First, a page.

The antiviral effect of highly purified mouse interferon (IFN) was studied on influenza virus infertion in mice, by changing the routes of administration. By repeated intravenous (i.v.) administrations of IFN, no antiviral effect was observed. However, IFN was effective when the infected mice received either intraperitoneal (i.p.) or intranasal (i.n.) administrations. While all of the untreated mice died within 10 days after infection, 20% of the i.p. treated mice and 67% of the i.n. treated mice survived more than 30 days. To explain these different effects after administration by different routes, the distribution of given IFN in mouse organs was examined. Fifteen min after i.v. injection, only a low-titered IFN was detected in the serum, lung, spleen and liver of the mice and soon disappeared. However, a relatively high-titered IFN was detected 30 min after i.p. administration in the lung and serum. After i.n. administration, high-titered IFN was detected in the lung within 15 min after administration and contined for 90 min. Thus the findings demonstrated that the maintenance of a detectable amount of IFN in mice organs is dependent on the route of administration, and the higher the titer of IFN in the lung, the higher the protective effect of IFN against influenza virus infection.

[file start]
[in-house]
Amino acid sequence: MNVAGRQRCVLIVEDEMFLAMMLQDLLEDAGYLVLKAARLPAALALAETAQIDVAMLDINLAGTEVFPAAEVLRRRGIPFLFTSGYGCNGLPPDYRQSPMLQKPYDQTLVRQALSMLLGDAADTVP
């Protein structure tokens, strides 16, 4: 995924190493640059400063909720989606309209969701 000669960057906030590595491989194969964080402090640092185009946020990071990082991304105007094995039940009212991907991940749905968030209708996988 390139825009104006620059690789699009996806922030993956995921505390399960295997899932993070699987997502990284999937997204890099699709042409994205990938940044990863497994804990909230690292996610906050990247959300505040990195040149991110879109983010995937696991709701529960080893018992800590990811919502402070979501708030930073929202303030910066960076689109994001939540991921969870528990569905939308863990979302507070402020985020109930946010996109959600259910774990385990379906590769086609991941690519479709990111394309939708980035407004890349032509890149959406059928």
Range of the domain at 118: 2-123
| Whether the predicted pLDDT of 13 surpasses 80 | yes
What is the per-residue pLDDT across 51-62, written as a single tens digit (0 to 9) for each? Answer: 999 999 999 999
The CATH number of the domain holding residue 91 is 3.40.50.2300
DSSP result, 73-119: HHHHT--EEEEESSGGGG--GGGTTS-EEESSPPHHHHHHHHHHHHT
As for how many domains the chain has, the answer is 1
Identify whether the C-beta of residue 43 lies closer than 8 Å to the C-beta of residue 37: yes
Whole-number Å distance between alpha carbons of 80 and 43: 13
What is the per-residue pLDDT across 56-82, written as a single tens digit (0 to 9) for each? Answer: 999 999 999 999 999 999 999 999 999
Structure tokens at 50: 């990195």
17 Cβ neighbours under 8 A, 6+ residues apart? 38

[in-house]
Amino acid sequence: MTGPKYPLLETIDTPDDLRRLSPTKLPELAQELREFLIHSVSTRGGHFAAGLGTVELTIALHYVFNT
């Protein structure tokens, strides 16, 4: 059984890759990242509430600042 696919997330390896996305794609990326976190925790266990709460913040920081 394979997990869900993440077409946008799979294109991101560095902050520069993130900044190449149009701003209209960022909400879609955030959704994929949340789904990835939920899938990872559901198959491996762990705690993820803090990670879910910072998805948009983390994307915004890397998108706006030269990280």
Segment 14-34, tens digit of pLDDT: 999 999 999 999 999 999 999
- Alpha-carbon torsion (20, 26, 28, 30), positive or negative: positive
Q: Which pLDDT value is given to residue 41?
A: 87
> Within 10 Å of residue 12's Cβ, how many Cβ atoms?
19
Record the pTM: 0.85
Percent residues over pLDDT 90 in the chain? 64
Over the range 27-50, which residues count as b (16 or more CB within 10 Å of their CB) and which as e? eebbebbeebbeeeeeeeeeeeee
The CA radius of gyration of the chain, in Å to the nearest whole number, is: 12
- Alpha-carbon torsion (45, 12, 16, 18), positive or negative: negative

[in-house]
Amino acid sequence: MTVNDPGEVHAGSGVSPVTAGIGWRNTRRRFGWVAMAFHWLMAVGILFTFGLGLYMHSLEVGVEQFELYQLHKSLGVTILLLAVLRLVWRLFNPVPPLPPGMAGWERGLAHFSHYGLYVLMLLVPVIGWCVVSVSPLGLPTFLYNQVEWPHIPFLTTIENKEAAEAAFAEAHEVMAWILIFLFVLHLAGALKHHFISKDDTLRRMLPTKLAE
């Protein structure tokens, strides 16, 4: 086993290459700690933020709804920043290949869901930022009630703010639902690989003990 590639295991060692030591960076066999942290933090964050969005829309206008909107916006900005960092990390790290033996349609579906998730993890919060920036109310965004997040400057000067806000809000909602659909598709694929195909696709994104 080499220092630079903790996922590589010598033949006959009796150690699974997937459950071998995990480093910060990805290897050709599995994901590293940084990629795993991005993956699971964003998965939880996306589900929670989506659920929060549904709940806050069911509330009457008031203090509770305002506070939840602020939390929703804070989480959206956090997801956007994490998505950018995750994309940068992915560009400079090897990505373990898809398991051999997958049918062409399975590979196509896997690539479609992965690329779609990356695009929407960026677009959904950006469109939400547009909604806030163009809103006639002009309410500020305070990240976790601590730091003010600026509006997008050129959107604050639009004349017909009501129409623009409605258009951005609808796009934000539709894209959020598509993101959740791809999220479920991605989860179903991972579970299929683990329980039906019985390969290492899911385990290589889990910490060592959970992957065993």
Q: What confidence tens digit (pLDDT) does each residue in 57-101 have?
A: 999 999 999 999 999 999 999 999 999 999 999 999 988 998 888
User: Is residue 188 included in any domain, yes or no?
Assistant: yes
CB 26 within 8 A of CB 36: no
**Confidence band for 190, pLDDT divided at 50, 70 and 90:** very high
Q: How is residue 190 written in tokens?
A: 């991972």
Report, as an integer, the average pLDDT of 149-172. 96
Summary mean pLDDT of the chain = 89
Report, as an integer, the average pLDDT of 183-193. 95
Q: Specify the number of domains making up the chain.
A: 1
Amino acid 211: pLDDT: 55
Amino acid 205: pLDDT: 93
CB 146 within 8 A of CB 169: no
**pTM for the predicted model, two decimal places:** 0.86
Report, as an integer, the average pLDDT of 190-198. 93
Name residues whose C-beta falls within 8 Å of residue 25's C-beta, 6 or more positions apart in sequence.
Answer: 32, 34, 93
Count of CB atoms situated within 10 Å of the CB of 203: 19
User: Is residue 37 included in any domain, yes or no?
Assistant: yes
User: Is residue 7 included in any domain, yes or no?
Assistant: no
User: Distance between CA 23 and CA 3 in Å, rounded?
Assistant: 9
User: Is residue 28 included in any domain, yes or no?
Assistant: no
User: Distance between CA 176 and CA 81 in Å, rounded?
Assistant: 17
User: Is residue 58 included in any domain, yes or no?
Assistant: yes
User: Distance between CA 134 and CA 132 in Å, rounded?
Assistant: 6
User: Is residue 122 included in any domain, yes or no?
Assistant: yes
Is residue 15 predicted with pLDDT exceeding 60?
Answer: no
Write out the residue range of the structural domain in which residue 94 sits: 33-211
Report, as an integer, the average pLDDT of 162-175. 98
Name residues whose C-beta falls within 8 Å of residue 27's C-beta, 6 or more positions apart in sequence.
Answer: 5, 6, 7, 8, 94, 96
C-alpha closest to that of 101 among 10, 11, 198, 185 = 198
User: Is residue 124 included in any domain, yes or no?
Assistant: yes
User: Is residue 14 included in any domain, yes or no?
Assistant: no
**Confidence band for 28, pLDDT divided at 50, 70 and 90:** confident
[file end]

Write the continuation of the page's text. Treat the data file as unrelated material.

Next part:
|Original language||English (US)|
|Number of pages||9|
|Journal||Tohoku Journal of Experimental Medicine|
|State||Published - 1983|
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